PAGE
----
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Saving Soccer in a Football World



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Trolling the site for some interesting articles to read recently, I came across Ahmed’s article from the fourth of July of last year (side note, probably not the best day to write the article, Ahmed!). Having read the responses to the article I can see that most were negative, and so I decided to do my best to put forward some constructive criticism and make some of my own suggestions that would benefit the game in the US, that is, as opposed to just saying they suck and leaving it at that.

I’ve been most interested in the MLS and football in the US for several years now. And I’ve done some research. From reading into the history of the game stateside, to managing in the MLS in the Football Manager series, I’ve gotten an overview and I think I can make some informed offerings. So here they are:


Designed solely to allow David Beckham to play in a league structured around the strict control of players’ wages, the rule has had only one beneficial impact: the arrival of some household names to make the game more attractive both within and outside of the United States. The problem with this however, is that most of the arrivals are either players well past their prime looking for one final payday (read: Freddie Ljungberg) or players who were once considered ‘the next big thing’ and failed to make it (read: Denilson and Claudio Lopez). With the exceptions of Juan Pablo Angel (quite possibly still in his prime based on recent form) and Cuauhtémoc Blanco, none of the players who have arrived under this ruling have made any real impact. Instead they marginalise the Americans playing in the squad who earn up to ten times less than these so-called superstars.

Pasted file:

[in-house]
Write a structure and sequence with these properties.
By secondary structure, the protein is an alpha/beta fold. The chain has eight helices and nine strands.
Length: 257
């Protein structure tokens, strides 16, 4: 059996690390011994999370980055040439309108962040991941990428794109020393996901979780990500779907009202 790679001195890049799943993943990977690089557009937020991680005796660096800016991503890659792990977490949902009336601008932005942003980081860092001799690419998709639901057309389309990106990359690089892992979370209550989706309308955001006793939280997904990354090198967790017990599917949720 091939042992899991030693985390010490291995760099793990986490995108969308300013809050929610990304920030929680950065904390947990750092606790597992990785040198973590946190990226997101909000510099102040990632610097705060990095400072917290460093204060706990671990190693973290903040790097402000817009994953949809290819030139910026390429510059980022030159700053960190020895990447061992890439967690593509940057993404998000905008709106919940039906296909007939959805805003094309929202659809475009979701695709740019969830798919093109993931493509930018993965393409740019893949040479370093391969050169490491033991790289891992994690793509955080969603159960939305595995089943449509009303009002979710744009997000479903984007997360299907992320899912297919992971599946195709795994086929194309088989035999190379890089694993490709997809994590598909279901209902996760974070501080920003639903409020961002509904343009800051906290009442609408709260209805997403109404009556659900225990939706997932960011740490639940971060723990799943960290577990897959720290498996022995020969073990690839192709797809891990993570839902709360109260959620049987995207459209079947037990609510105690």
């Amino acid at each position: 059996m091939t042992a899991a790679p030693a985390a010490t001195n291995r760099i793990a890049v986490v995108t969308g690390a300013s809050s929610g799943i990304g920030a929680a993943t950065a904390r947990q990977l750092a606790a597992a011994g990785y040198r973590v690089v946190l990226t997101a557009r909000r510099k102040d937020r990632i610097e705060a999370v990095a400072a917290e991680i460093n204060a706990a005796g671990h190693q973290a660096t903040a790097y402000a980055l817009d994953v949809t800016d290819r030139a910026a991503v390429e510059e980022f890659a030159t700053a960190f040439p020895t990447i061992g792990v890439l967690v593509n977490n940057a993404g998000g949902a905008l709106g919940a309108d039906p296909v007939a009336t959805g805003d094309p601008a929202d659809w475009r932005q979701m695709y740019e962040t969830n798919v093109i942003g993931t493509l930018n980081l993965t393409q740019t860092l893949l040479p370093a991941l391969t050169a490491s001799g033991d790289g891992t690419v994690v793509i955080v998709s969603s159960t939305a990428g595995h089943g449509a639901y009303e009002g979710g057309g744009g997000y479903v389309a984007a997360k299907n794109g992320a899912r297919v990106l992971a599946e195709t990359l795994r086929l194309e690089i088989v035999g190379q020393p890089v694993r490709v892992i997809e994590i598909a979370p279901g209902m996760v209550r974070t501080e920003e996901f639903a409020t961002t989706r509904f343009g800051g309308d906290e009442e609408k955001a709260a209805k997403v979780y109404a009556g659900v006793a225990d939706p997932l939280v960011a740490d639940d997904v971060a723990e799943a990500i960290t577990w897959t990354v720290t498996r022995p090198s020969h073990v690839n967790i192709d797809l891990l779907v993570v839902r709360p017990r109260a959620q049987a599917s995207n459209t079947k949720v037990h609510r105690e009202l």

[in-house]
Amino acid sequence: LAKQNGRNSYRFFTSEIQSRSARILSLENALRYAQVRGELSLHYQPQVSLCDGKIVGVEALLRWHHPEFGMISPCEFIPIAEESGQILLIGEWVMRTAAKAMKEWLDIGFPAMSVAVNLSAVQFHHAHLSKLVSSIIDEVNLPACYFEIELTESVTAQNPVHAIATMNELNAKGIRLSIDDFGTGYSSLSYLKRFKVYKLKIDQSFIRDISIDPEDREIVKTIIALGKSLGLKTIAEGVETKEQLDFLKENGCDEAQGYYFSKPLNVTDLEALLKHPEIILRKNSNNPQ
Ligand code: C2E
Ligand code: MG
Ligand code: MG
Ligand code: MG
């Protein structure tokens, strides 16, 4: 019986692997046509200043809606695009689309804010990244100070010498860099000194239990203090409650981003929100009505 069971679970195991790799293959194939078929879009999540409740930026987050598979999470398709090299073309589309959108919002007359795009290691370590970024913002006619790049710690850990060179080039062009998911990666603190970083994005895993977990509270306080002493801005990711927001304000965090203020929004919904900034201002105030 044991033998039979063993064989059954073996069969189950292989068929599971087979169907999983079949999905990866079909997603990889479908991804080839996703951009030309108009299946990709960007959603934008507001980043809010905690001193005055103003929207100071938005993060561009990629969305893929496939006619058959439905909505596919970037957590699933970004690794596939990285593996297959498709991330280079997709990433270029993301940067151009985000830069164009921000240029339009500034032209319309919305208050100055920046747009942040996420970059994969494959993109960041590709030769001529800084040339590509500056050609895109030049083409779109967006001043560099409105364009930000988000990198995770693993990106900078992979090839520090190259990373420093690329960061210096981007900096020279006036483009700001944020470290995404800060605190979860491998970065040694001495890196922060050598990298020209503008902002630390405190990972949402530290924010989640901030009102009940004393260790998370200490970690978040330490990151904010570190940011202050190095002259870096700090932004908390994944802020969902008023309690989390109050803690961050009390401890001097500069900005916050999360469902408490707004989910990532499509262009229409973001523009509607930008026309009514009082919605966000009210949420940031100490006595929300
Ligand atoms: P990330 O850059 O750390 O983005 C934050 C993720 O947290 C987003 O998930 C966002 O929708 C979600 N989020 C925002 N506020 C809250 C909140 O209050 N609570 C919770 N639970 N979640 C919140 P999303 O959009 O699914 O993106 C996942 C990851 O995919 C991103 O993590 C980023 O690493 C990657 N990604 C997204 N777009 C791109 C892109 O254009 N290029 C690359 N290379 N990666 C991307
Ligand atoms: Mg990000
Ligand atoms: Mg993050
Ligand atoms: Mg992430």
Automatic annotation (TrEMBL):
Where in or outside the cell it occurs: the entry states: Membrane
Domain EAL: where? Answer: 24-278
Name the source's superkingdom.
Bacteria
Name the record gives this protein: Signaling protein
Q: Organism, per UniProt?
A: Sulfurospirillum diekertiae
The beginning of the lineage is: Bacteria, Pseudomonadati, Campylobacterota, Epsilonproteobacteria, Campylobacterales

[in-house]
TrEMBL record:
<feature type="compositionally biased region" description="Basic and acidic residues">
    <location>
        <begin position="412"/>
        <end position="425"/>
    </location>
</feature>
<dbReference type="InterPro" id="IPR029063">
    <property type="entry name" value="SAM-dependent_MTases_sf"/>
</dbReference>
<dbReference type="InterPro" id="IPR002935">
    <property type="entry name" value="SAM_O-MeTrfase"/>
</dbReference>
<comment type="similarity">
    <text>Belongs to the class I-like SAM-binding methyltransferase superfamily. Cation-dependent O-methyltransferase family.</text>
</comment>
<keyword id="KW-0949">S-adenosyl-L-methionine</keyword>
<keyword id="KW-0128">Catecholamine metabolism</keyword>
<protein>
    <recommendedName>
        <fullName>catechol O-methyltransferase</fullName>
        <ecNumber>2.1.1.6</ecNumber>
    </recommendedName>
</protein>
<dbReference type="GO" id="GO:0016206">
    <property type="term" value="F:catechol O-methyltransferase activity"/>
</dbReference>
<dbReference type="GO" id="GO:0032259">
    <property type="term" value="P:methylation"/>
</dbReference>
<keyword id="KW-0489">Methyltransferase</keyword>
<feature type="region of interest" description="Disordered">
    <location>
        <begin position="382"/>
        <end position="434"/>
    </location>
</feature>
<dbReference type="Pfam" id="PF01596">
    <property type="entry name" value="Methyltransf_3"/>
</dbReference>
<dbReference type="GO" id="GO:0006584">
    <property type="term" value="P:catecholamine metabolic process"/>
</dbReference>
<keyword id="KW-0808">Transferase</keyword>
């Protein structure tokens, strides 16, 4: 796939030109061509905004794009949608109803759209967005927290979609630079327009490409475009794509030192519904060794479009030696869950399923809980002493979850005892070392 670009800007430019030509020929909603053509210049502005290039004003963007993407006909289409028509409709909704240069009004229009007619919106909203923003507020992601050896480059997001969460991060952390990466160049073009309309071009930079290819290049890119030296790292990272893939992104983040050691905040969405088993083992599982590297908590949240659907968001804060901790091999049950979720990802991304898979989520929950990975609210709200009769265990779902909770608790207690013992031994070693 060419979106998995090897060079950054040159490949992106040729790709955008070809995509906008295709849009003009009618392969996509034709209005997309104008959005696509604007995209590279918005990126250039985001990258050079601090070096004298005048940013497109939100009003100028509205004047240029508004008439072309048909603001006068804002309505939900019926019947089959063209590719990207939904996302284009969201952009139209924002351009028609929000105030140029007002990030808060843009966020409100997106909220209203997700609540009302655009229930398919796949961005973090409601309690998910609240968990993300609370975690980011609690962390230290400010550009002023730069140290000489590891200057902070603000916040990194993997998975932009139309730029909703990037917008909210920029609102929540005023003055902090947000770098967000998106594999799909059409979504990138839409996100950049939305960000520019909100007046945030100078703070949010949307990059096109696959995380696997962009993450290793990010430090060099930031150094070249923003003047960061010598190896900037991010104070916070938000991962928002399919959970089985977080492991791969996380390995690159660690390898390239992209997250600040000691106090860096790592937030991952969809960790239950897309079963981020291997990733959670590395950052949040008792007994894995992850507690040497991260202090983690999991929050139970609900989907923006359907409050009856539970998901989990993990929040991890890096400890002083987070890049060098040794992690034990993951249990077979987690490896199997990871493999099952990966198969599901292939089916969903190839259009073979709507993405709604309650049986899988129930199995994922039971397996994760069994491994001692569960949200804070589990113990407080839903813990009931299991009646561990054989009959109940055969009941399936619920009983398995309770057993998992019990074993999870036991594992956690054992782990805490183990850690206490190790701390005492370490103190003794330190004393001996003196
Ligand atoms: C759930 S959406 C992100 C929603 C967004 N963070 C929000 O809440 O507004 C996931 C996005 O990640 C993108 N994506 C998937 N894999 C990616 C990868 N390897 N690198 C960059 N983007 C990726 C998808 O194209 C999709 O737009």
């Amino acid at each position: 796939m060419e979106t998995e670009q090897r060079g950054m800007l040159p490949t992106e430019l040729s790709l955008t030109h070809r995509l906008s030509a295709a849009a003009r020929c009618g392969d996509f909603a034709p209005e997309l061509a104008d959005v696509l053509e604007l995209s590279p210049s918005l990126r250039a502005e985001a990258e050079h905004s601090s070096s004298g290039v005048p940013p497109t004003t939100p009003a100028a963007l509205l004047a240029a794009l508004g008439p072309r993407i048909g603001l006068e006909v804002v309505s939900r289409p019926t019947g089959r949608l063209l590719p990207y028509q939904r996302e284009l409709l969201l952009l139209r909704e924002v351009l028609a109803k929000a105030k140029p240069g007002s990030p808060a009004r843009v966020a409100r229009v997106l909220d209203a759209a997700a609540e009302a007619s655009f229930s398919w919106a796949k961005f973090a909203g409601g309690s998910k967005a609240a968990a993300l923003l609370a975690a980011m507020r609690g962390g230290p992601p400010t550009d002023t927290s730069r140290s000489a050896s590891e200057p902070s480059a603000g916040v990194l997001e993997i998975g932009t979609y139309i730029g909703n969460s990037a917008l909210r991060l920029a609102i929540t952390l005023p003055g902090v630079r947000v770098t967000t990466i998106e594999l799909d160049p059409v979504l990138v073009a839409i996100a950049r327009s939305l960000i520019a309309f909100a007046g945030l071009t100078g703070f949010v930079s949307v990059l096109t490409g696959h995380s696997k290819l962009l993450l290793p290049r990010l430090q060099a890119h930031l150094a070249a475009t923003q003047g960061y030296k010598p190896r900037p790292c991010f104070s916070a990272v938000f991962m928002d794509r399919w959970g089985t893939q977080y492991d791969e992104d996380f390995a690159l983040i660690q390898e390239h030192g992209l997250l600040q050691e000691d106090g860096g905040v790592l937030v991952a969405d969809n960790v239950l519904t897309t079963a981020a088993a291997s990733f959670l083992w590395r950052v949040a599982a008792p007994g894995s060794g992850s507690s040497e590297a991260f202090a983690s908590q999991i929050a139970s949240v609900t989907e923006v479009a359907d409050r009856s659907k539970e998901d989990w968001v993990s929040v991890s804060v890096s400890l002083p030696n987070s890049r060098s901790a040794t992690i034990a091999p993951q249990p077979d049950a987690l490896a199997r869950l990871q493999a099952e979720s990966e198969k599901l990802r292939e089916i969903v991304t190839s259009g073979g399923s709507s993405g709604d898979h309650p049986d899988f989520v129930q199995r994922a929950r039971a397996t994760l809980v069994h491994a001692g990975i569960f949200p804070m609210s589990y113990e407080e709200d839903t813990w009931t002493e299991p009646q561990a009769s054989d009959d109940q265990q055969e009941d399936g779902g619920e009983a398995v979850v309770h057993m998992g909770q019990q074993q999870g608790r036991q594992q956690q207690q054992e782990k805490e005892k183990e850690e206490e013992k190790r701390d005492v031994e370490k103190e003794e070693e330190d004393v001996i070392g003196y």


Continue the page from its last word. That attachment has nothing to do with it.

The solution that the MLS bigwigs have dreamt up to improve the quality of players in the league is in fact the opposite of what they should be doing. A revision of developmental contracts and indeed most senior contracts to ensure that young Americans coming into the league are appropriately recompensed is the clear way forward for MLS. Without this, the best young American players will continue to leave the country or take up a different sport in which they can earn far more money. It’s no coincidence that the country’s best and brightest have been seeking pastures new in far greater numbers over the past few years. Last year saw Jozy Altidore, Brad Guzan and Maurice Edu among others leave MLS, and none have made a particularly strong impact at their new clubs. But the fact is that they earn far more money than they did with their old ones.


This rather goes hand in hand with dropping the designated player rule. I welcomed the decisions by Seattle and San Jose respectively to bring Kasey Keller and Bobby Convey to MLS and this needs to be done with far more aplomb in the future. Not all Americans make it abroad (note that I am not including Keller in that statement). Look no further than Landon Donovan. MLS should offer an attractive alternative to playing reserve team football in Europe. Indeed players such as Michael Bradley and Kenny Cooper also made the decision to move home. While the clubs in the MLS are clearly making improved efforts to bring these players in, more should be done to make playing in the MLS seem more of a natural choice than last resort.